I can remember learning about shift cyphers as a kid, and spending some time encrypting messages by hand on pen and paper. I didn't have anyone interested in decrypting those messages, so it never really developed as a hobby, but it's always been something in which I've been interested.

I haven't been formally enrolled in school lately, but I've been beefing up my skills by studying Cryptography on Coursera (which offers free online courses).

Some of it is review, as I've previously read this excellent book on the history of crypto and crypto-analysis. When I first read the book, however, I had much less experience as a programmer. This time around, I'm implementing all of the algorithms as a watch the videos, and so it's a very different experience.

Many of the functions depend upon conversions between ascii, hexadecimal, and integer representations. Beyond these simple support functions, there are the actual encryption and decryption algorithms (some of which are identical). Beyond those, there are the analysis functions, which I find particularly interesting, as they bridge my interests in Mathematics and Linguistics.

A wee project

Every now and then the topic of linguistic analysis comes up on IRC, since it's one of the tools typically used to discover the identity of a text's author.

This technique is not necessarily used in modern cryptography, as encryption algorithms have been designed to resist frequency analysis. Nevertheless, a cryptographic adversary can still find ways to apply these techniques to public content to learn more about you.

I'm writing code to gather statistics about my own writing on this blog:

  • Letter frequencies
  • n-graph frequencies
  • Word frequencies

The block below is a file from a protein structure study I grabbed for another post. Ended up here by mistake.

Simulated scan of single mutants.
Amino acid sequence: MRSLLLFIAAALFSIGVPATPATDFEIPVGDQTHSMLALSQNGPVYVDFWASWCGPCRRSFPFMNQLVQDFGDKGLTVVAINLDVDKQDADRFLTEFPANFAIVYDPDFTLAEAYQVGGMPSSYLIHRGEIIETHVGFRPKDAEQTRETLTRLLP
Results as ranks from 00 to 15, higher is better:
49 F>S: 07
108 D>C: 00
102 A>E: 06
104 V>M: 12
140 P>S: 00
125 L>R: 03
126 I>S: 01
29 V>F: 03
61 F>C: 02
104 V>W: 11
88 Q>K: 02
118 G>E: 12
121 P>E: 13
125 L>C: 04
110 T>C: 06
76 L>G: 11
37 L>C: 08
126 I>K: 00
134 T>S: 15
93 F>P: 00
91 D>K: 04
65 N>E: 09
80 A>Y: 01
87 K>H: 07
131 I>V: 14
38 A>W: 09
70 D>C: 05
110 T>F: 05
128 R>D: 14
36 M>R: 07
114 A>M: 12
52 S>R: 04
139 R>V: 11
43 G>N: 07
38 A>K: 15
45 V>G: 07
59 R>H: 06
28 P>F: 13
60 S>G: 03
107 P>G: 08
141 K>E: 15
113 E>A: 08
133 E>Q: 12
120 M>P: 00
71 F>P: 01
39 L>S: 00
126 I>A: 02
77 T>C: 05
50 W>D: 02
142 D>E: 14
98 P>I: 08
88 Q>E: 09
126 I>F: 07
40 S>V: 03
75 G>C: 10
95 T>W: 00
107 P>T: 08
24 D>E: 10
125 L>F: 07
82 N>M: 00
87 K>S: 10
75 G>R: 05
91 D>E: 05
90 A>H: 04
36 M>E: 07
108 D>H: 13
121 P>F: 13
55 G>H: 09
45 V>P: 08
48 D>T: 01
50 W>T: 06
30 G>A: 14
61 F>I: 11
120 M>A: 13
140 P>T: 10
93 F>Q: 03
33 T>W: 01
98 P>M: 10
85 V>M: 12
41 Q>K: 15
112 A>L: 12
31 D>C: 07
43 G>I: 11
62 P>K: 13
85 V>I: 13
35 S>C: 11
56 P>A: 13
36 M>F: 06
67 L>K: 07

• Word lengths
  • Sentence length
  • Capital/Miniscule ratios

I intend to run this code on my Markdown files and gather a corpus of my own text to better understand exactly what can be learned about my from my writing style.

I'll probably run these same scripts on my irc writing to see how they differ, and maybe compare them against other irc personalities to determine degrees of linguistic similarity with my various peers.

Getting started

var letterFrequencies=function(text){
  var r={}; // the object which returns the results
  r.length=text.length; // remember the length of the text
  text.split("") // convert the text into an array
    .map(function(l){ // map a function over the letters of the text
      r[l]=(r[l]||0)+1; // increment the current letter's tally
  return r; // return the results

This function is pretty simple. It accepts a string of text and returns an object containing a tally of each letter's frequency, and the length of the initial text.

Applying the function

I wrote this script in the folder where I keep my Markdown files.

var fs=require("fs");

var texts=fs.readdirSync(".").filter(function(f){
  return f.match(/\.md$/); // I'm only interested in analyzing prose
}).map(function(f){ // load each file's text
  return fs.readFileSync(f,"utf8");
}).join(""); // join the results string array into a single string


I wrote the results of this script to a json file, which can be viewed here. The exact script I used can be seen here.


The code above was a quick and dirty hack, so let's package it up a little better:

var fs=require("fs");
var crypta={}; // a place to keep our functions, packaging as a library

  return fs.readdirSync(path).filter(function(f){
    return f.match(new RegExp("\."+type+"$"));
    return fs.readFileSync(f,"utf8");

An up to date version of this library is available here.

Added functionality